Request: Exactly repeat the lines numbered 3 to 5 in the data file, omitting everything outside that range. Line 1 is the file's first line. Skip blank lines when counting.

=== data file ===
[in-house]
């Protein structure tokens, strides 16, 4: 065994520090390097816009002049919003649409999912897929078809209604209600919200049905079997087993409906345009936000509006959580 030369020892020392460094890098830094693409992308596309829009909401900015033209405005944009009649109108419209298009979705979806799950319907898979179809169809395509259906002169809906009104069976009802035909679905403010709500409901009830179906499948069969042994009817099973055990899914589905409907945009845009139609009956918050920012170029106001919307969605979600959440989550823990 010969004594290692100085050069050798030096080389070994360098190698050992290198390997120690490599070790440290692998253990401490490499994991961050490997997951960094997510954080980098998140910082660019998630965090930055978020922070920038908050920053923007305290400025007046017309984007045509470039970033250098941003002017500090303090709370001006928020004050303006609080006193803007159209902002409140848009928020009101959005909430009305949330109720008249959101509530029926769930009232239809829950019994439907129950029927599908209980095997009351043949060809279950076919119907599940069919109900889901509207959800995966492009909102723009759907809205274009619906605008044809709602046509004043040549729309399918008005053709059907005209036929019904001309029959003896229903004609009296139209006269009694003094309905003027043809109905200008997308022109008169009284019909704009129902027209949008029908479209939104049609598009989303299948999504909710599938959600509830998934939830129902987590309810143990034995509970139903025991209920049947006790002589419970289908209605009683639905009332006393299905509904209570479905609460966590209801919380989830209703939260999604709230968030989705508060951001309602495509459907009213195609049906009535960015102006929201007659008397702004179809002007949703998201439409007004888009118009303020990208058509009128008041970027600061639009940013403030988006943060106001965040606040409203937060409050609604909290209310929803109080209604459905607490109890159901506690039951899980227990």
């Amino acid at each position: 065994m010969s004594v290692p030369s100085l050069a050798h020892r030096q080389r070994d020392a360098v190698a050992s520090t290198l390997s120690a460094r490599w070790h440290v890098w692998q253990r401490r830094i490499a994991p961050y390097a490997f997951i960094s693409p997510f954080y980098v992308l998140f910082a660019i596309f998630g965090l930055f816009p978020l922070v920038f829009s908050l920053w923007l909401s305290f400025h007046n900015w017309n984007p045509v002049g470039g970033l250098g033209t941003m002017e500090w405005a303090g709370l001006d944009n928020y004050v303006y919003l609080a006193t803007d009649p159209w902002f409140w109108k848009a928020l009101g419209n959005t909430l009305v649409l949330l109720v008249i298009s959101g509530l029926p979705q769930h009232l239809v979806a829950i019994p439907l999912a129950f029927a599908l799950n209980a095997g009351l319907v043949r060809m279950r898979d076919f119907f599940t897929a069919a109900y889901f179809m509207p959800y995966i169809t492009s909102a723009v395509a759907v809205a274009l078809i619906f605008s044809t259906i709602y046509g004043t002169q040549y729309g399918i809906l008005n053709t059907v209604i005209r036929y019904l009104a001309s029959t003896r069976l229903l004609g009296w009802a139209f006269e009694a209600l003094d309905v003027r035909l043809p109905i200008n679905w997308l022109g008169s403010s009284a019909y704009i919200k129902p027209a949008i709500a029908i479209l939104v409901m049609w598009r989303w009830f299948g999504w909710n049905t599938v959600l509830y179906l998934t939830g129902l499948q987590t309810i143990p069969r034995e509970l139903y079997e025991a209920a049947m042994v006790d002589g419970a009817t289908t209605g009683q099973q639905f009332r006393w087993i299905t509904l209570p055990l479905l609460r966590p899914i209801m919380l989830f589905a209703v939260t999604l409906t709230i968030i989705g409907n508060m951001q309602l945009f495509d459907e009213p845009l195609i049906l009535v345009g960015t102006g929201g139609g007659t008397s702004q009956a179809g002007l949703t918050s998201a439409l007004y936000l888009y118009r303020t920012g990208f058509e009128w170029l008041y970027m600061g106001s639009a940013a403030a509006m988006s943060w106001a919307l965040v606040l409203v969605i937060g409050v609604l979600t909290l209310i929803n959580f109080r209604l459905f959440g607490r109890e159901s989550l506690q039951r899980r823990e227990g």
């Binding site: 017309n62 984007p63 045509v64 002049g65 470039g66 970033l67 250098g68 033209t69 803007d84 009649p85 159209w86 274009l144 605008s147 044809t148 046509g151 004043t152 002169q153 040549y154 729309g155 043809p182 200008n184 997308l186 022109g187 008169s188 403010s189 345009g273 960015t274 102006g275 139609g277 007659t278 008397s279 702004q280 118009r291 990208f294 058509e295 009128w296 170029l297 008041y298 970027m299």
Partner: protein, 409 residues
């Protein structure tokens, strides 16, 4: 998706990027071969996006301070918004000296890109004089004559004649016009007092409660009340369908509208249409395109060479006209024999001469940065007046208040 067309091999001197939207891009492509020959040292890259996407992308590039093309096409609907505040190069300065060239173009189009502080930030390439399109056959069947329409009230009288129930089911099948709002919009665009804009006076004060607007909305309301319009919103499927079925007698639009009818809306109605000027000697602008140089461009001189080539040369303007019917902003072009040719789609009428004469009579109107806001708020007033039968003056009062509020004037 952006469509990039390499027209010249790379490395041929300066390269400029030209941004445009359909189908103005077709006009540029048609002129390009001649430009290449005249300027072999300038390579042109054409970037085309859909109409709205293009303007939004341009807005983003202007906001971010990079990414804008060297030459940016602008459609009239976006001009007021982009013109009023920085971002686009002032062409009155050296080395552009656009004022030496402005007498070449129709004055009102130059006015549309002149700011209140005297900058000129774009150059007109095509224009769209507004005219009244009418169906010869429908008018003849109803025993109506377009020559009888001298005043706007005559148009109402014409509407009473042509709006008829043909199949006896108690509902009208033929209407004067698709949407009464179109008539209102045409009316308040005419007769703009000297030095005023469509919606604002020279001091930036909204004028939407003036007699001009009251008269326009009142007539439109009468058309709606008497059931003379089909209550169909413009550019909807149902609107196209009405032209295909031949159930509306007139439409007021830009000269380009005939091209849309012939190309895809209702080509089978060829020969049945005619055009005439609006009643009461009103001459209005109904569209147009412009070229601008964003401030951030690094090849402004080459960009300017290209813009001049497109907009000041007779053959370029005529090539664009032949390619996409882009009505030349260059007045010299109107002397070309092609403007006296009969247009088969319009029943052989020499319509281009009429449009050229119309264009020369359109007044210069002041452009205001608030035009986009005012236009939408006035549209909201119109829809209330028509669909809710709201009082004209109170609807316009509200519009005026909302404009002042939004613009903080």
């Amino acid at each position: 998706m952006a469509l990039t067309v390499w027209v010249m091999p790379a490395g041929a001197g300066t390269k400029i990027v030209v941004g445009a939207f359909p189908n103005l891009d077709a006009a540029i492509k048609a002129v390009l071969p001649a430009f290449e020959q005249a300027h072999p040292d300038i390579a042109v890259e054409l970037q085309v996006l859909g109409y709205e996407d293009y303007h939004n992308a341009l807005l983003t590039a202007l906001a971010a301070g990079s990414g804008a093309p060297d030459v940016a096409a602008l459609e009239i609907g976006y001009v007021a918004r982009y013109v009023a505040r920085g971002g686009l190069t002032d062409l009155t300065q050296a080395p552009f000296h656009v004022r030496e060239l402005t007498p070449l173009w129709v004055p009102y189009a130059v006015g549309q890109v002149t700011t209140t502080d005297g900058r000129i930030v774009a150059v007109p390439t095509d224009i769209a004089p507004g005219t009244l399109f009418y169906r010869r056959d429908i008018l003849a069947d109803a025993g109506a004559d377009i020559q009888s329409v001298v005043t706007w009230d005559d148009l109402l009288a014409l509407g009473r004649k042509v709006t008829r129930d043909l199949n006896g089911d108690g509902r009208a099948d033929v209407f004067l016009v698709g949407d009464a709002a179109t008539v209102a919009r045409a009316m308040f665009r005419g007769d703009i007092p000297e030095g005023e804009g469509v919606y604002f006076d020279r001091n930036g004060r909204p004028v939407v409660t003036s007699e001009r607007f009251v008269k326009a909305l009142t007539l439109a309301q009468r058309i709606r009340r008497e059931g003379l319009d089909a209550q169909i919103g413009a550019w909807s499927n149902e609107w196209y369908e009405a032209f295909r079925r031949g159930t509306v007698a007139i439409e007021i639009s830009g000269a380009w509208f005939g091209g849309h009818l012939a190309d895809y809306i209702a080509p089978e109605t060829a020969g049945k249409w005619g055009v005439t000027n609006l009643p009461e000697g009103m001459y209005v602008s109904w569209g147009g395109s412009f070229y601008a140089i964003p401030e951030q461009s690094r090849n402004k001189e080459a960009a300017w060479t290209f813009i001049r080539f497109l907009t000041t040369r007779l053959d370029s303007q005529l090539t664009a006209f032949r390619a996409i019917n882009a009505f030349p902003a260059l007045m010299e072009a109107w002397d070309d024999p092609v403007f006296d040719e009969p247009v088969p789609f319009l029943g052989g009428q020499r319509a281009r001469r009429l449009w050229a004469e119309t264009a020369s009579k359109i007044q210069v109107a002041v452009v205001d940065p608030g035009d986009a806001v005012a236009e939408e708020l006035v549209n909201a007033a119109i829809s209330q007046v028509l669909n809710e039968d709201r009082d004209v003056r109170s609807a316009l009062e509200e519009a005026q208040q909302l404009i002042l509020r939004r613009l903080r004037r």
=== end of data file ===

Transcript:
């Amino acid at each position: 065994m010969s004594v290692p030369s100085l050069a050798h020892r030096q080389r070994d020392a360098v190698a050992s520090t290198l390997s120690a460094r490599w070790h440290v890098w692998q253990r401490r830094i490499a994991p961050y390097a490997f997951i960094s693409p997510f954080y980098v992308l998140f910082a660019i596309f998630g965090l930055f816009p978020l922070v920038f829009s908050l920053w923007l909401s305290f400025h007046n900015w017309n984007p045509v002049g470039g970033l250098g033209t941003m002017e500090w405005a303090g709370l001006d944009n928020y004050v303006y919003l609080a006193t803007d009649p159209w902002f409140w109108k848009a928020l009101g419209n959005t909430l009305v649409l949330l109720v008249i298009s959101g509530l029926p979705q769930h009232l239809v979806a829950i019994p439907l999912a129950f029927a599908l799950n209980a095997g009351l319907v043949r060809m279950r898979d076919f119907f599940t897929a069919a109900y889901f179809m509207p959800y995966i169809t492009s909102a723009v395509a759907v809205a274009l078809i619906f605008s044809t259906i709602y046509g004043t002169q040549y729309g399918i809906l008005n053709t059907v209604i005209r036929y019904l009104a001309s029959t003896r069976l229903l004609g009296w009802a139209f006269e009694a209600l003094d309905v003027r035909l043809p109905i200008n679905w997308l022109g008169s403010s009284a019909y704009i919200k129902p027209a949008i709500a029908i479209l939104v409901m049609w598009r989303w009830f299948g999504w909710n049905t599938v959600l509830y179906l998934t939830g129902l499948q987590t309810i143990p069969r034995e509970l139903y079997e025991a209920a049947m042994v006790d002589g419970a009817t289908t209605g009683q099973q639905f009332r006393w087993i299905t509904l209570p055990l479905l609460r966590p899914i209801m919380l989830f589905a209703v939260t999604l409906t709230i968030i989705g409907n508060m951001q309602l945009f495509d459907e009213p845009l195609i049906l009535v345009g960015t102006g929201g139609g007659t008397s702004q009956a179809g002007l949703t918050s998201a439409l007004y936000l888009y118009r303020t920012g990208f058509e009128w170029l008041y970027m600061g106001s639009a940013a403030a509006m988006s943060w106001a919307l965040v606040l409203v969605i937060g409050v609604l979600t909290l209310i929803n959580f109080r209604l459905f959440g607490r109890e159901s989550l506690q039951r899980r823990e227990g």
């Binding site: 017309n62 984007p63 045509v64 002049g65 470039g66 970033l67 250098g68 033209t69 803007d84 009649p85 159209w86 274009l144 605008s147 044809t148 046509g151 004043t152 002169q153 040549y154 729309g155 043809p182 200008n184 997308l186 022109g187 008169s188 403010s189 345009g273 960015t274 102006g275 139609g277 007659t278 008397s279 702004q280 118009r291 990208f294 058509e295 009128w296 170029l297 008041y298 970027m299």
Partner: protein, 409 residues